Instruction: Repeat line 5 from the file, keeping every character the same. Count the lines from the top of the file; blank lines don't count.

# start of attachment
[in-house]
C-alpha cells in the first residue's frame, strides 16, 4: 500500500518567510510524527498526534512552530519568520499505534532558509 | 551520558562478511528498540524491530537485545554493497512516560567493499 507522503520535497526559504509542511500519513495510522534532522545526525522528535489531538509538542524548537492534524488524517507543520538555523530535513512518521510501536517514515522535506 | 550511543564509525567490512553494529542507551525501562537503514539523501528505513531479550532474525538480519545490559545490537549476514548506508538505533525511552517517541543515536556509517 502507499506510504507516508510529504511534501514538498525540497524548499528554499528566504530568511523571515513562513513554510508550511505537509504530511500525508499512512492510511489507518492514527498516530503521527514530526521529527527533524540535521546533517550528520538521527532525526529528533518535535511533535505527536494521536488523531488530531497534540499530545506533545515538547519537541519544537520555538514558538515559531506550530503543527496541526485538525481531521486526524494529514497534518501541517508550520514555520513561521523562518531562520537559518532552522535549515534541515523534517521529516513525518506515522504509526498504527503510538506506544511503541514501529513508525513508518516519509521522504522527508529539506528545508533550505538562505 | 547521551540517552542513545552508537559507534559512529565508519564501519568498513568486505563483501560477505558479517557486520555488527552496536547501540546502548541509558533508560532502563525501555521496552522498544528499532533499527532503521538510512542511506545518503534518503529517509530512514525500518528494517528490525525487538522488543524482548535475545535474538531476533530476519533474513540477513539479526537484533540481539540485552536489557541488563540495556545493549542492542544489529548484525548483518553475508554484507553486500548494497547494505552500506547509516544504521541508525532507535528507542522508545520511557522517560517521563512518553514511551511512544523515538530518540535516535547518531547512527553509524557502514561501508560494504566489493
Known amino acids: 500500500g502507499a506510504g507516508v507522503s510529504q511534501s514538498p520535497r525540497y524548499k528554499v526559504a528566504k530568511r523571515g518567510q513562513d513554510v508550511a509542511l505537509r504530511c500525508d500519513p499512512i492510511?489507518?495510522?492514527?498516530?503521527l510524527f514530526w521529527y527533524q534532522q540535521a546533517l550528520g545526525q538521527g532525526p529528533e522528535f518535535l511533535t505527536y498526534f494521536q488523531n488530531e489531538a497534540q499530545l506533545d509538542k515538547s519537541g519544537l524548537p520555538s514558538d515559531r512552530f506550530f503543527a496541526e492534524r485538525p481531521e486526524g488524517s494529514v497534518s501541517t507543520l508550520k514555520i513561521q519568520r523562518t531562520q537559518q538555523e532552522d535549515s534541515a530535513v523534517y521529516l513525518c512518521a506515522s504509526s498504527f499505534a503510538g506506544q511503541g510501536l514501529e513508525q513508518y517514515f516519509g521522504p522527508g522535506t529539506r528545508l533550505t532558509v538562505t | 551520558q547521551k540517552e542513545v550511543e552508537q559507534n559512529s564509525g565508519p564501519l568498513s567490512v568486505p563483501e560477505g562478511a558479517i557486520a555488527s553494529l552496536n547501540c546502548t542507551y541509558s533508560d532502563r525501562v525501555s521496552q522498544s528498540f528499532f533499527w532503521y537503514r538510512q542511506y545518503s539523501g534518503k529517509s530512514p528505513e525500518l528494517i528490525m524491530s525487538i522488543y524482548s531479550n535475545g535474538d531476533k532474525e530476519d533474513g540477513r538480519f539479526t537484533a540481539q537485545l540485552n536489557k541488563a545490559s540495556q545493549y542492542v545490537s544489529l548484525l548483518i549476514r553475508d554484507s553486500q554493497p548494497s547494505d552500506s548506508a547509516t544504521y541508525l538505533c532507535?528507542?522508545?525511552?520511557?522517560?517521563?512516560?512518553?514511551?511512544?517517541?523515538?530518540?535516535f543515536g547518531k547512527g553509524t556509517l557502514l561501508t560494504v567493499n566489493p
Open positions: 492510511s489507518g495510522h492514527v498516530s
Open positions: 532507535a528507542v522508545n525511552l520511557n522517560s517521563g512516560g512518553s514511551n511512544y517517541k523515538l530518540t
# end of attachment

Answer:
Open positions: 532507535a528507542v522508545n525511552l520511557n522517560s517521563g512516560g512518553s514511551n511512544y517517541k523515538l530518540t